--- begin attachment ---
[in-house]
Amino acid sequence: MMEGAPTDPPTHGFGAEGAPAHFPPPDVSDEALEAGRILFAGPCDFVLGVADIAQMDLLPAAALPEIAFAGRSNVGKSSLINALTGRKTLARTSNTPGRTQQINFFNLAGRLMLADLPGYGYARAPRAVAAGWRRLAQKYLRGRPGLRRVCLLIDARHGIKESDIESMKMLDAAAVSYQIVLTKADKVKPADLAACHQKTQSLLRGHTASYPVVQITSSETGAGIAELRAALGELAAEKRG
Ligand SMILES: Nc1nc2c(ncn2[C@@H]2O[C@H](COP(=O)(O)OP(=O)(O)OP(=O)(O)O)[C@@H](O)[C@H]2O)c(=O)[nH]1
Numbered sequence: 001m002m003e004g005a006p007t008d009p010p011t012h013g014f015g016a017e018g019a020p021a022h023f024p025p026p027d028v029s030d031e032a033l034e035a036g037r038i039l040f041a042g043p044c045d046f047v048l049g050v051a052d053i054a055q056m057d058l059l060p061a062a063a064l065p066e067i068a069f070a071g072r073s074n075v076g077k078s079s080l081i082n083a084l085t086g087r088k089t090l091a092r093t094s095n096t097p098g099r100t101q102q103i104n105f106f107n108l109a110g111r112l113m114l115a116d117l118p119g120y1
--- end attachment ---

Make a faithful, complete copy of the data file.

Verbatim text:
[in-house]
Amino acid sequence: MMEGAPTDPPTHGFGAEGAPAHFPPPDVSDEALEAGRILFAGPCDFVLGVADIAQMDLLPAAALPEIAFAGRSNVGKSSLINALTGRKTLARTSNTPGRTQQINFFNLAGRLMLADLPGYGYARAPRAVAAGWRRLAQKYLRGRPGLRRVCLLIDARHGIKESDIESMKMLDAAAVSYQIVLTKADKVKPADLAACHQKTQSLLRGHTASYPVVQITSSETGAGIAELRAALGELAAEKRG
Ligand SMILES: Nc1nc2c(ncn2[C@@H]2O[C@H](COP(=O)(O)OP(=O)(O)OP(=O)(O)O)[C@@H](O)[C@H]2O)c(=O)[nH]1
Numbered sequence: 001m002m003e004g005a006p007t008d009p010p011t012h013g014f015g016a017e018g019a020p021a022h023f024p025p026p027d028v029s030d031e032a033l034e035a036g037r038i039l040f041a042g043p044c045d046f047v048l049g050v051a052d053i054a055q056m057d058l059l060p061a062a063a064l065p066e067i068a069f070a071g072r073s074n075v076g077k078s079s080l081i082n083a084l085t086g087r088k089t090l091a092r093t094s095n096t097p098g099r100t101q102q103i104n105f106f107n108l109a110g111r112l113m114l115a116d117l118p119g120y1